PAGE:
• Consider whether physical or chemical restraint is more appropriate.
  • Bats are often torpid and relatively slow-moving when first presented for examination; this facilitates handling and physical examination. (J3.128.w1)
  • Bites from the smaller species of bats rarely pierce the skin. (B168.7.w7)
  • Light latex gloves are generally sufficient for handling. (D24)
  • Thin leather gloves may be useful particularly for the larger species.(B151, J3.128.w1)
  • Bare hands may be preferred by some handlers.
  • N.B. care must be taken in handling very small bats to avoid injuring them. (B151)
  • As with other small mammals, heat loss during general anaesthesia and surgery may be considerable and preventative measures to avoid this should be taken.
  • The use of fluid therapy during general anaesthesia and surgery should be considered as for other small mammals.
Complications/ Limitations / Risk
  • Bats use their delicate claws to grip uneven surfaces. Careful disengagement of the claws from the surface is important when picking up a bat to avoid limb damage.
  • All bats may bite.(J3.128.w1)
  • Bites from larger species such as Eptesicus serotinus - Serotine, Nyctalus noctula - Noctule and Rhinolopus ferrumequinum - Greater horseshoe bat are capable of breaking the skin and may be painful and sustained. (B151, B168.7.w7)
  • Extra care should be taken to avoid bites from moribund/obviously sick bats, due to the theoretical risk of Rabies. (B168.7.w7). (There was a single report (J3.147.w1) of a lyssa virus (European Bat lyssavirus 2) detected in a Myotis daubentonii - Daubenton's bat found unwell in the UK. Screening of 1882 bats of 23 species during a ten year survey (January 1986-December 1995) failed to detect rabies (J3.139.w1) Of more than 150 bats of various species tested for rabies in 1999, none were found to be positive (D49).
  • There is a risk of injuring these small mammals during capture and restraint, particularly if catching with a net.
    • The risk of injury to the bat is greatest when handling the smaller species.
    • The risk of injury from a net may be minimised by using a small, lightweight net with a padded rim.
  • Hypothermia, i.e. cooling of the bat, has been suggested for bat anaesthesia. This must never be used. While cooling reduces movement of the bat, it does not prevent the bat feeling pain. 
Equipment / Chemicals required and Suppliers
  • Appropriate nets, gloves and cloths.
Expertise level / Ease of Use
  • Good manual dexterity is useful for holding bats, particularly the smaller species.
  • Experience is advantageous for handling bats; a local licensed bat worker may be contacted for advice. Useful organisations include the Bat Conservation Trust and the London Bat Group.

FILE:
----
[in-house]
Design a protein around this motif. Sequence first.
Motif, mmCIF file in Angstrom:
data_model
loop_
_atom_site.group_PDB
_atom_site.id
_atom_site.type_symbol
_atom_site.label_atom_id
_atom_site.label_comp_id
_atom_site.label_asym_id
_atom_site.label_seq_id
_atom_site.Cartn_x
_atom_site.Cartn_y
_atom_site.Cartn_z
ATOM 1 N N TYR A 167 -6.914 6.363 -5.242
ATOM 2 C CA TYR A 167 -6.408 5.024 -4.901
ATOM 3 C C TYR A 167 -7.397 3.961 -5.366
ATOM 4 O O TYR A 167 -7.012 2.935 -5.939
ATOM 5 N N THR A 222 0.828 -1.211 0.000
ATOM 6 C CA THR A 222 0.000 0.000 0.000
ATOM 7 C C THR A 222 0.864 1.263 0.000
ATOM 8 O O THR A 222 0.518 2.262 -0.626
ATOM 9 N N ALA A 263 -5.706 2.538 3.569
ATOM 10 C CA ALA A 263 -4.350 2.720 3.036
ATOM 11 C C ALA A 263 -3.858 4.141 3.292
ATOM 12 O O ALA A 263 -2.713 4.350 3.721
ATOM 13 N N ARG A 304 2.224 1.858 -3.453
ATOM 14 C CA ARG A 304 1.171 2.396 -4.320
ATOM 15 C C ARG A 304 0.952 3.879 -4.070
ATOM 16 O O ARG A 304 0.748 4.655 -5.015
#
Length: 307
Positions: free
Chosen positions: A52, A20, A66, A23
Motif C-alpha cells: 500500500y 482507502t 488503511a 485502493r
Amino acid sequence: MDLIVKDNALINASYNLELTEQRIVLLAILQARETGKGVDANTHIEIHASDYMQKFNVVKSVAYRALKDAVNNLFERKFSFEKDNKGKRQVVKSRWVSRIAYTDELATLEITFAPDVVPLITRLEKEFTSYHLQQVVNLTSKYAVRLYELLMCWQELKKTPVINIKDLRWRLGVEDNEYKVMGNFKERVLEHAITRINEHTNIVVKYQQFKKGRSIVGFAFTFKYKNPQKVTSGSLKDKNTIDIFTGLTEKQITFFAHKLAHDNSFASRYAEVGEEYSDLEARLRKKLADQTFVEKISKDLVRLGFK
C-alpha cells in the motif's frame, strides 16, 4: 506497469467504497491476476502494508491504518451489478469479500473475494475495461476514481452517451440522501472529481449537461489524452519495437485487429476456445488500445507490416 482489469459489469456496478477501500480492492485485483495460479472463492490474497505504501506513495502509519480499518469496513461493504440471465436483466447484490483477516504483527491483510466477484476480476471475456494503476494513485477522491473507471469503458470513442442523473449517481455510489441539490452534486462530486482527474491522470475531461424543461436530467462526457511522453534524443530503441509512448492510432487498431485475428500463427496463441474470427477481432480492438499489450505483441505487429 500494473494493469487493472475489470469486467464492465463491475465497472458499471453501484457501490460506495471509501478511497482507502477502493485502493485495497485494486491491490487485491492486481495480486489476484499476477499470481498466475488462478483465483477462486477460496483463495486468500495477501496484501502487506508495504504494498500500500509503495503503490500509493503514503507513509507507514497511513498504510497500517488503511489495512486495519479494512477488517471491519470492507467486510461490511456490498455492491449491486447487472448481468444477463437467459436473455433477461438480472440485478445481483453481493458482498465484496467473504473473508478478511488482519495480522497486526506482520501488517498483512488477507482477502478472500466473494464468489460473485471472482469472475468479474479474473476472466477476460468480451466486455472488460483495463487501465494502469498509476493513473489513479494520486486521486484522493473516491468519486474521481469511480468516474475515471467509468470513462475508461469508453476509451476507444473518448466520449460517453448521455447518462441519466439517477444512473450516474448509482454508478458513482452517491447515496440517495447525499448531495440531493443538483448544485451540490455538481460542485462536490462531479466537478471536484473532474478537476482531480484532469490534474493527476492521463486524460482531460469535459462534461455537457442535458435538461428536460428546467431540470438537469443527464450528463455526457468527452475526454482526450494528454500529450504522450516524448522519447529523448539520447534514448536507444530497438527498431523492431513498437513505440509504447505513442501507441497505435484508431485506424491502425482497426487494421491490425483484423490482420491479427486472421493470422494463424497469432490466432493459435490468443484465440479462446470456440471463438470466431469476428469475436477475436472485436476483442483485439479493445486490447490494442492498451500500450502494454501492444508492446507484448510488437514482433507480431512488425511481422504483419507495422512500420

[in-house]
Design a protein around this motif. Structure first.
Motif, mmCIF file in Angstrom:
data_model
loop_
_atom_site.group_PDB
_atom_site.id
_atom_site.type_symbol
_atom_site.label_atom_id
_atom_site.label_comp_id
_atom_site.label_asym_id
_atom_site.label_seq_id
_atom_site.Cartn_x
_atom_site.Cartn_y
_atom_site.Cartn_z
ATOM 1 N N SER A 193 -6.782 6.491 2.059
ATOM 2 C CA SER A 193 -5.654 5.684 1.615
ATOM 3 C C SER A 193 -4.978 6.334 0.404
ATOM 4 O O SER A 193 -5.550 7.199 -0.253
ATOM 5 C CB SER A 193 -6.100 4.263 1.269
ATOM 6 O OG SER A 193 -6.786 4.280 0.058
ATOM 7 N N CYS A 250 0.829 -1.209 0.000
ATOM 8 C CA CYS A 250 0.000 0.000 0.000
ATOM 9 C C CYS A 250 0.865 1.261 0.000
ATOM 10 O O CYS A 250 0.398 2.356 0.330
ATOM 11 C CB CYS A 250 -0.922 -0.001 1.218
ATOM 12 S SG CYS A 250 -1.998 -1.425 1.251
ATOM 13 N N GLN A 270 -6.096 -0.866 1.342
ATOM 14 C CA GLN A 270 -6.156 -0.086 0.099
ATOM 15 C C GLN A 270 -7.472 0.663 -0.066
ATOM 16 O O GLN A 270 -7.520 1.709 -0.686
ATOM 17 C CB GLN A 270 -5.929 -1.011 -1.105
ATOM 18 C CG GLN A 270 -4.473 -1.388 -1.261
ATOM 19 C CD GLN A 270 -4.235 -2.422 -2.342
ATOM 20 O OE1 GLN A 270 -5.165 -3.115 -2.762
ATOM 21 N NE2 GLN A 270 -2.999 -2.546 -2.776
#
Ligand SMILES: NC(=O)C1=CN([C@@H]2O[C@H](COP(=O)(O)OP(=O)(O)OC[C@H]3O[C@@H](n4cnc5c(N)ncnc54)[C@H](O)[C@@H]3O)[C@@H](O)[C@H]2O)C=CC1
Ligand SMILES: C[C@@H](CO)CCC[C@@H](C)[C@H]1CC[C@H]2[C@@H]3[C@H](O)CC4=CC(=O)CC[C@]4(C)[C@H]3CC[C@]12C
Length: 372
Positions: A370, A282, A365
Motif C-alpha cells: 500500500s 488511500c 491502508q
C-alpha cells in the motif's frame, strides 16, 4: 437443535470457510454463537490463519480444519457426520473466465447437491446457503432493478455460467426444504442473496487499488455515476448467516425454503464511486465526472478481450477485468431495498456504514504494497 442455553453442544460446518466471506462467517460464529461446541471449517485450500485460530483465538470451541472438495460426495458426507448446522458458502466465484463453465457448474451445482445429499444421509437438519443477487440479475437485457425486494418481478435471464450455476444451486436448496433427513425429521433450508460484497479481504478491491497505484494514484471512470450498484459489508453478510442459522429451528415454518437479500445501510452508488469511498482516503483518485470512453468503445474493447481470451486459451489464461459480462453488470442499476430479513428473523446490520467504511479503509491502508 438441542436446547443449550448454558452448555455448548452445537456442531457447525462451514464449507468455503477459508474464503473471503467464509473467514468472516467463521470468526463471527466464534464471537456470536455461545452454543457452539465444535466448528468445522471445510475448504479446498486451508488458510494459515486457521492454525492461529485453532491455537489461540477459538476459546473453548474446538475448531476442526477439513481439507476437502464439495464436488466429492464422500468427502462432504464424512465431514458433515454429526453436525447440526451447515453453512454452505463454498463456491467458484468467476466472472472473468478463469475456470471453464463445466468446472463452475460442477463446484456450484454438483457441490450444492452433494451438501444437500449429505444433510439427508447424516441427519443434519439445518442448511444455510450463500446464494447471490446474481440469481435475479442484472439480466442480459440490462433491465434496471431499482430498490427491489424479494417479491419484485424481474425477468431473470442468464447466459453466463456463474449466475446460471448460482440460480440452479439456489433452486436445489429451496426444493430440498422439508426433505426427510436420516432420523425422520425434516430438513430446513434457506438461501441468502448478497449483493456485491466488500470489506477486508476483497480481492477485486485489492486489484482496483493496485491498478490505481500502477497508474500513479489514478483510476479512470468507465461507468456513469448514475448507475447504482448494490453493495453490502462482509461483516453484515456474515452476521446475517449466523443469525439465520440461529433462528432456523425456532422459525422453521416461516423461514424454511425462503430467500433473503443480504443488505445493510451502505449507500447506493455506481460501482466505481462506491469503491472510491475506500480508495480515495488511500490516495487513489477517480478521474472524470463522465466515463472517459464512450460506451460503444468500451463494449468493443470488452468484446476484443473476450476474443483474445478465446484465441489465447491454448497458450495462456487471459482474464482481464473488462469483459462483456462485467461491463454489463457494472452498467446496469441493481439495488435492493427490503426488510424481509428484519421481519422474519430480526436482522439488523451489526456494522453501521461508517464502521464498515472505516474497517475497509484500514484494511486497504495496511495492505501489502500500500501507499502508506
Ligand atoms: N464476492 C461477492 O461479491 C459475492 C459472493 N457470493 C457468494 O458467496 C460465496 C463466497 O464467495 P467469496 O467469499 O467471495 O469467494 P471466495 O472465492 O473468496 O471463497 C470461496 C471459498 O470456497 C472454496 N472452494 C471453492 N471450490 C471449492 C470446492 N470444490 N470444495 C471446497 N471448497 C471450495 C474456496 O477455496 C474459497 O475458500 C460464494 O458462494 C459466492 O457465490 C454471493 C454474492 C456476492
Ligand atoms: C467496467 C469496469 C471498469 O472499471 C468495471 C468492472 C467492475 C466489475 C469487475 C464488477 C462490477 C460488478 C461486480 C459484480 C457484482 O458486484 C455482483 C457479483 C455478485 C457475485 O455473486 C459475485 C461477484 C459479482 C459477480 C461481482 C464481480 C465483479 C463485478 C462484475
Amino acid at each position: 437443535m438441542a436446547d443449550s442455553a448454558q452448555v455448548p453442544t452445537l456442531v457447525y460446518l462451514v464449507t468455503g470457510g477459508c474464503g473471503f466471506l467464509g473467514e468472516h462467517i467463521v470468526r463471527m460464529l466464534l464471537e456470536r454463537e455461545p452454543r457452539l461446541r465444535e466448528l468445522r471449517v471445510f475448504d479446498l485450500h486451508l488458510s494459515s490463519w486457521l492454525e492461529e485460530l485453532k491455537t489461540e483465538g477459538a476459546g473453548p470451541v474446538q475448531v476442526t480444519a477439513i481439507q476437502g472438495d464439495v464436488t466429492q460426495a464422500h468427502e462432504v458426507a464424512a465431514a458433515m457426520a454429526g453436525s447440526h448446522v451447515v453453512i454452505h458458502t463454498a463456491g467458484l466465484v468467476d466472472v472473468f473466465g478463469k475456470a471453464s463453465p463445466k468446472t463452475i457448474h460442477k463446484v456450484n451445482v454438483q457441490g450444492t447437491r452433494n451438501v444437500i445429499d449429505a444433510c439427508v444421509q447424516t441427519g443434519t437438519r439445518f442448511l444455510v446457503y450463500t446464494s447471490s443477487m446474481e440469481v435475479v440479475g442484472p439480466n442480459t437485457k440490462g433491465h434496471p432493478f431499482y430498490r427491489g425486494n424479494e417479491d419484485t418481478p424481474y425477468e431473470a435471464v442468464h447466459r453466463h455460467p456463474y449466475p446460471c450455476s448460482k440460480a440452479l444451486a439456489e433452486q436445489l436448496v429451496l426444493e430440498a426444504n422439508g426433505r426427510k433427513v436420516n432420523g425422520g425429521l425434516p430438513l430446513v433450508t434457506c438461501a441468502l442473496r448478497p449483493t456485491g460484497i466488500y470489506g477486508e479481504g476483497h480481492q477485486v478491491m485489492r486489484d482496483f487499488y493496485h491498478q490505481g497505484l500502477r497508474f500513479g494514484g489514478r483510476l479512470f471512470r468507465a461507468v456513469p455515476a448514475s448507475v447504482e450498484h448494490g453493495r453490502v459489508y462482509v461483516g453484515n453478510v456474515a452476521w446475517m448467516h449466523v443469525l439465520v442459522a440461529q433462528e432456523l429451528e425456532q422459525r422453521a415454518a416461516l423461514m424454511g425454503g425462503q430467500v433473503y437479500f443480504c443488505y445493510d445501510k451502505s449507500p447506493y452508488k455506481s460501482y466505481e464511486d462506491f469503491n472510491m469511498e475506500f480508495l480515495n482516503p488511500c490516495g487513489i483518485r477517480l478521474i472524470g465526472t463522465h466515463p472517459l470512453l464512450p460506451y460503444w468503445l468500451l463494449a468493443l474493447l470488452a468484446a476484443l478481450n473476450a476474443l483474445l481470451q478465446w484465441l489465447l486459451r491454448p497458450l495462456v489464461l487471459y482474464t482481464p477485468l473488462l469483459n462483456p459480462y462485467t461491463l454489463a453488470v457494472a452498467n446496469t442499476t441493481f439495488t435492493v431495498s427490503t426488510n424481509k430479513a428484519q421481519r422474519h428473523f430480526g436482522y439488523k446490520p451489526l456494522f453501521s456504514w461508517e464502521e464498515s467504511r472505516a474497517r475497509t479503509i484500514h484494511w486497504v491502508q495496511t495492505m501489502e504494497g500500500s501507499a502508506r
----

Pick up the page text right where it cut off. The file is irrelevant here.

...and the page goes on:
Cost/ Availability
  • Appropriate nets may be available from specialist suppliers, veterinary suppliers or some good pet stores; they may be relatively expensive.
  • Nets may also be constructed from readily-available and inexpensive materials.
  • Suitable cloths such as towels are widely available.
Legal and Ethical Considerations
  • Risks to human health, both physical and risks of zoonotic illness, must be considered (Health and Safety at Work, etc. Act 1974).
    • There is a theoretical risk of rabies from bats.
    • Extra care should be taken to avoid bites from moribund/obviously sick bats, due to this risk. (B168.7.w7)
    • It is important to remember that although the UK is "rabies free", rabies virus has been detected in a bat found in the UK (thought to have originated in France) (J3.147.w1)
  • All native British bats are listed in Schedule 5 of the Wildlife and Countryside Act 1981. It is an offence (Section 9) to "take" i.e. capture any animal on Schedule 5 of this Act. However, there is an exception (under Section 10) for a disabled animal which is taken "solely for the purpose of tending it and releasing it when no longer disabled." (W5.Jan01)
  • All bats are listed in Schedule 5 of the Wildlife and Countryside Act 1981. It is an offence (Section 9) to intentionally damage a bat roost or intentionally disturb a bat while it is within a roost. The Countryside and Rights of Way Act 2000 extended this protection of Schedule 5 species and their shelters such that it is an offence to "recklessly" damage a roost or disturb bats in the roost; causing disturbance by the deliberate taking of an unacceptable risk or failure to notice an obvious risk are now offences. (W65.w1, W66.w1)
  • All bats are listed in Schedule 6 of the Wildlife and Countryside Act 1981. It is an offence (Section 11) to "take" (i.e. capture) any animal on Schedule 6 using a variety of methods (snares, traps etc.) including "any net". (W5.Jan01)
  • See: Legislation relating to Wildlife Casualties.
Author Debra Bourne
Referee Becki Lawson and Suzanne Boardman